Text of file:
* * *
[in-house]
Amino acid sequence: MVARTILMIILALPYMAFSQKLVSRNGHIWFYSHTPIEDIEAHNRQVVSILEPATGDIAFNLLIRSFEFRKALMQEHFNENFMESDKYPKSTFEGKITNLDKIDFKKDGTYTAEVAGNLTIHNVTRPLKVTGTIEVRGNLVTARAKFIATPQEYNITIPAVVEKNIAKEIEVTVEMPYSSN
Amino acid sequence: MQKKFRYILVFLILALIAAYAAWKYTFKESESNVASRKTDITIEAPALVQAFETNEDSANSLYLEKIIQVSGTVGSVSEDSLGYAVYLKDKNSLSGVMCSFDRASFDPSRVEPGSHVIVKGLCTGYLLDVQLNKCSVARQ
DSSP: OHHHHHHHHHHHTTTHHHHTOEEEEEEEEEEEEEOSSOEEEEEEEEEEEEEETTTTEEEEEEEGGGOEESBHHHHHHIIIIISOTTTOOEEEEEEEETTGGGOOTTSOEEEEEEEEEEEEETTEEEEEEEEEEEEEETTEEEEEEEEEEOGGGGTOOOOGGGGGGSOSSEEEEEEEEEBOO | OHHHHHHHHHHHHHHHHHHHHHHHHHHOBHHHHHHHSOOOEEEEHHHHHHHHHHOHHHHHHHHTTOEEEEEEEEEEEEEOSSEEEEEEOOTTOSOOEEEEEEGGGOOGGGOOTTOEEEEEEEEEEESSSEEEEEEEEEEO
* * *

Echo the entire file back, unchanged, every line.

[in-house]
Amino acid sequence: MVARTILMIILALPYMAFSQKLVSRNGHIWFYSHTPIEDIEAHNRQVVSILEPATGDIAFNLLIRSFEFRKALMQEHFNENFMESDKYPKSTFEGKITNLDKIDFKKDGTYTAEVAGNLTIHNVTRPLKVTGTIEVRGNLVTARAKFIATPQEYNITIPAVVEKNIAKEIEVTVEMPYSSN
Amino acid sequence: MQKKFRYILVFLILALIAAYAAWKYTFKESESNVASRKTDITIEAPALVQAFETNEDSANSLYLEKIIQVSGTVGSVSEDSLGYAVYLKDKNSLSGVMCSFDRASFDPSRVEPGSHVIVKGLCTGYLLDVQLNKCSVARQ
DSSP: OHHHHHHHHHHHTTTHHHHTOEEEEEEEEEEEEEOSSOEEEEEEEEEEEEEETTTTEEEEEEEGGGOEESBHHHHHHIIIIISOTTTOOEEEEEEEETTGGGOOTTSOEEEEEEEEEEEEETTEEEEEEEEEEEEEETTEEEEEEEEEEOGGGGTOOOOGGGGGGSOSSEEEEEEEEEBOO | OHHHHHHHHHHHHHHHHHHHHHHHHHHOBHHHHHHHSOOOEEEEHHHHHHHHHHOHHHHHHHHTTOEEEEEEEEEEEEEOSSEEEEEEOOTTOSOOEEEEEEGGGOOGGGOOTTOEEEEEEEEEEESSSEEEEEEEEEEO